Coolum Beach, Queensland

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Coolum Beach
Sunshine CoastQueensland
Sunshine coast 02.jpg
Coolum Beach, looking north
Population 7,905 (2011 Census)[1]
Postcode(s) 4573
Location 119 km (74 mi) from Brisbane
LGA(s) Sunshine Coast
State electorate(s) Maroochydore
Federal Division(s) Fairfax
Suburbs around Coolum Beach:
Peregian Springs Peregian Beach Pacific Ocean
Yandina Creek Coolum Beach Pacific Ocean
Marcoola Yaroomba Pacific Ocean

Coolum Beach is a beachside town on the Sunshine Coast in Queensland, Australia and is also the beach around which the town is based. Coolum hosted the Commonwealth Heads of Government Meeting in 2002, replacing the 2001 meeting that was postponed and moved from Brisbane in the wake of the September 11 attacks.

The name is derived from the local Undumbi word gulum or guloom, meaning "blunt" or "headless", referring to the shape of Mount Coolum, which has no peak. [2]

Mount Coolum dominates the landscape, and can be seen from most of Coolum. A half hour bush walk winds its way up Mount Coolum.

Coolum State High School is located in the town.

Commercial area[edit]

Coolum Beach is a popular day trip and holiday destination. The town is focused around the beach which is patrolled by life savers and offers swimming and surfing, in its day it is known as one of the best breaks in Queensland.[citation needed] Parks, a boardwalk, esplanade shops, and the surf life saver club surround the beach. Over the last five years Coolum Beach has seen heavy development, with new buildings for retail business and holiday apartments. It is popular with day trippers from Brisbane and is very popular for tourists visiting the Sunshine Coast. In "An Island Surrounded by Land",the white settlement of Coolum is described by Windolf and Windolf (2004),as having occurred, unconnected by road to Maroochydore and Noosa. This gives Coolum, to this day, the friendly feeling of a country town, even though it forms part of an urban strip called the Sunshine Coast. Perhaps the aboriginal history of Coolum endures only in the place names and in the brooding presence of Mount Coolum. Settlement in the 1950s and 60's was often by working class Brisbane families who first built holiday cottages. Lifestylers joined the mix in the 1970s. This influx confirmed the tolerant society that Coolum had become. Coolum Beach is still a "live and let live" society, with no identifiable ruling group. Whilst Queensland voted conservatively throughout the 60's, 70's and 80's, Coolum Beach has always voted Labor. It is an island in this respect, too. A lack of a leadership group has left Coolum Beach vulnerable to scheisters or bad government decisions. The town always survives. This may be because the sea wind and one of Queensland's best ocean beaches blows away all cares.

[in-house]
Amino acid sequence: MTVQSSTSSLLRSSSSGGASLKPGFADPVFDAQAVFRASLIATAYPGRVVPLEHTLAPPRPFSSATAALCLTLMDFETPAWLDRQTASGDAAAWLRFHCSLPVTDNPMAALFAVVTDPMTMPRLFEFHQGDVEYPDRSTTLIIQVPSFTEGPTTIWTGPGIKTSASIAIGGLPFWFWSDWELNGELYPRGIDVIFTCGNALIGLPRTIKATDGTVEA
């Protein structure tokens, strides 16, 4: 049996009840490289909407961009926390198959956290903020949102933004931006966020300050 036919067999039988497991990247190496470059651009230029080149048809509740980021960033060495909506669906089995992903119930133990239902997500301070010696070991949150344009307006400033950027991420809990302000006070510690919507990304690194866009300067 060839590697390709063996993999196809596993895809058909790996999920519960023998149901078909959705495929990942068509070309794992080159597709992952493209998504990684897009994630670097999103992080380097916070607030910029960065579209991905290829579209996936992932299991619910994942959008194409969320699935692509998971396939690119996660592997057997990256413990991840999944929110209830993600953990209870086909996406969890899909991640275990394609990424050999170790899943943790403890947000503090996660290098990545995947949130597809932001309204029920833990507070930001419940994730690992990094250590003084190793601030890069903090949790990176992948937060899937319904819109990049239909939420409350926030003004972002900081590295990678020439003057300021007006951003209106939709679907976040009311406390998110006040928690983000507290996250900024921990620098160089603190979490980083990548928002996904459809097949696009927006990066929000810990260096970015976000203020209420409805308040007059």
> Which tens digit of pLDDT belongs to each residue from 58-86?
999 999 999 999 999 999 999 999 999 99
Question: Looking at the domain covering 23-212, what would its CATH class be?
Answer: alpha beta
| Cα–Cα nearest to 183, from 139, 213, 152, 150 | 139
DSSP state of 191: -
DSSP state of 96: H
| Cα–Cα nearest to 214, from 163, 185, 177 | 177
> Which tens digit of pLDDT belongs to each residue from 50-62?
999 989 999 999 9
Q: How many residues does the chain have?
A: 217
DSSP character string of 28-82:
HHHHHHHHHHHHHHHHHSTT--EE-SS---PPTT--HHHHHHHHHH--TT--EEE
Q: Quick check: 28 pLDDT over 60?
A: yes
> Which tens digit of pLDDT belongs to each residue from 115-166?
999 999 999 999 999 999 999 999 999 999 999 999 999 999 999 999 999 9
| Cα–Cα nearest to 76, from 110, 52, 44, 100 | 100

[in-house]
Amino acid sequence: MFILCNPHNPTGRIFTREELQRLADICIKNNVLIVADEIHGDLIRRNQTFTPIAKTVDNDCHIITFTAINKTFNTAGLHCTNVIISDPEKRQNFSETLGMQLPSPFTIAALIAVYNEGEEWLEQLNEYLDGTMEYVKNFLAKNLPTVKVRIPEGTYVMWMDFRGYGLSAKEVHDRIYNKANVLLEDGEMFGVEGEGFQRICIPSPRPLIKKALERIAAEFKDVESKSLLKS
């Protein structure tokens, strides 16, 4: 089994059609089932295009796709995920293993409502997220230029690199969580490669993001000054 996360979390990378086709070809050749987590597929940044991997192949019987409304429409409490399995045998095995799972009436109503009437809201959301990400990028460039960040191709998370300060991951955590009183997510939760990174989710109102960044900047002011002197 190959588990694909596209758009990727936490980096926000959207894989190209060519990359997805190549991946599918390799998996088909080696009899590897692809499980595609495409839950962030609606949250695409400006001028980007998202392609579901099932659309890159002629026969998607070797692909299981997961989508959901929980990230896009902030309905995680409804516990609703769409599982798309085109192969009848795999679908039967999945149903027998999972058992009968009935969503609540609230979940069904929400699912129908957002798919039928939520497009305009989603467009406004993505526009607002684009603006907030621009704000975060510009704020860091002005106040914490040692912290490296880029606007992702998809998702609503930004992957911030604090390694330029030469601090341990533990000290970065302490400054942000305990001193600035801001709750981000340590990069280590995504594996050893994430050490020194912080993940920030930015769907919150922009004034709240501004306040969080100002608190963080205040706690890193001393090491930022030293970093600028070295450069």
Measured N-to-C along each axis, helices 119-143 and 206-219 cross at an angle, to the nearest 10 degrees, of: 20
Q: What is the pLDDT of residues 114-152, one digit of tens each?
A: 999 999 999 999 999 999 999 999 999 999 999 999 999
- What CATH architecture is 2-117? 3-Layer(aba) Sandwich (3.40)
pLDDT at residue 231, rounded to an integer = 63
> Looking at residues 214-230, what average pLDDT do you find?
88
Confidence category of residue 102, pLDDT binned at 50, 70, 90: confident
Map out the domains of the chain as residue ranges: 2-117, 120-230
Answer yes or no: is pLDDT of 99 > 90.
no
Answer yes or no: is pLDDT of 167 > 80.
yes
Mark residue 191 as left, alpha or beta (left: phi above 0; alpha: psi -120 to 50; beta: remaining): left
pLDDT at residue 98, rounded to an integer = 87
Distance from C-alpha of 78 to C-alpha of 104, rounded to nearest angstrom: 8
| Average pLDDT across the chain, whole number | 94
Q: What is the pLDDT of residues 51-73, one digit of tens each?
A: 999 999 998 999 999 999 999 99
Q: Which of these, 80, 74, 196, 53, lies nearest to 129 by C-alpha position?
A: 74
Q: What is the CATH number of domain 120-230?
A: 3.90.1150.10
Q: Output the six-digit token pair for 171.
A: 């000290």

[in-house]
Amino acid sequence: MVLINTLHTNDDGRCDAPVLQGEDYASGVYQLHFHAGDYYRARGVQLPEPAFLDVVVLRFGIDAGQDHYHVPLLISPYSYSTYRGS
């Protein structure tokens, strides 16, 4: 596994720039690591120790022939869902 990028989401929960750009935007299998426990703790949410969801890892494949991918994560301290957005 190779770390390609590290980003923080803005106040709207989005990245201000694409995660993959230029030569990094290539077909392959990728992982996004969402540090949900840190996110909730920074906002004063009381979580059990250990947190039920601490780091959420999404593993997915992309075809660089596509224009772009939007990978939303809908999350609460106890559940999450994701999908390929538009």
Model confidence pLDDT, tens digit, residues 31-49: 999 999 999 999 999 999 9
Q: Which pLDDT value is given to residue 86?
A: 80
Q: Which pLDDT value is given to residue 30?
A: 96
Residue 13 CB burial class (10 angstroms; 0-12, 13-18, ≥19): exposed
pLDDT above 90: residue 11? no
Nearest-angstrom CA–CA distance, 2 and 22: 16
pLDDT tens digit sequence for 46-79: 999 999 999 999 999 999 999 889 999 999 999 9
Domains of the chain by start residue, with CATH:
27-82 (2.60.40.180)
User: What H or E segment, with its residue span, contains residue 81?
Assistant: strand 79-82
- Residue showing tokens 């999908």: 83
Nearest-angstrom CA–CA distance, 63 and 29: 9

The origin of the name Coolum appears to be derived from the Aboriginal word 'gulum' or 'kulum' meaning 'blunt' or 'headless'. This is assumed to refer to the shape of Mount Coolum, which has no peak. According to Aboriginal legend, Ninderry knocked off Coolum's head and it fell into the ocean and is now Mudjimba Island.

The Coolum district was the traditional land of the Inabara or Yinneburra clan of the Undanbi Tribe. In turn, they were part of the larger group of the Kabi Kabi.

In 1823, the first Europeans to pass through Coolum were castaways and shipwrecked sailors. The first land selection in Coolum was made in 1871 by Grainger Ward - a pastoral lease of 255 hectares. Here, Ward ran upwards of 300 head of cattle. In 1881, Mark Blasdall selected his own lease of 252 hectares. Blasdall was the first to plan sugarcane in the area and to cut timber. He built two huts and a sawmill as well as clearing Coolum Creek, thus enabling steampships to enter to load timber and deliver supplies. By 1882 the steampships 'Tadorna Radjah' and 'Gneering' began to regularly travel from Brisbane to Coolum creek. In 1883 the first Coolum land was freehold and by 1884, Blasdall was declared insolvent and his land freeholded.

The first permanent settler of Coolum was William Perry-Keene and his family in 1905. His home was called 'Green Hills' and was situated at the corner of Beach Road, Daytona and Key West Avenues. Between 1906 and 1912 many people settled permanently in the region. By 1912 there were eight to 12 families living in the district. In 1909, Coulsin established a mailboat service on the Maroochy River. This provided the first regular connection between Coolum and the railhead at Yandina. In 1911, a horse-drawn tramline and punt loading facilities were built at Coolum Creek.

Construction of the first trafficable road to Coolum was undertaken between 1922 and 1925. This provided vehicle access from Coolum to Yandina. In 1923, the tramline to Coolum was opened and unscheduled passenger services began. Over this time considerable expansion of the sugarcane industry took place. Cane farming provided the main source of financial stability in the district until the advent of tourism in the 1960s.


  1. ^
  2. ^ Wells, Robin A. (2003). In the Tracks of a Rainbow: Indigenous Culture and Legends of the Sunshine Coast. Gullirae Books. ISBN 0-9580854-0-4. 

External links[edit]

Coordinates: 26°31′58″S 153°04′08″E / 26.5327389°S 153.0689226°E / -26.5327389; 153.0689226

2. An Island Surrounded by Land; Windolf & Windolf, Zusammen Books, 2004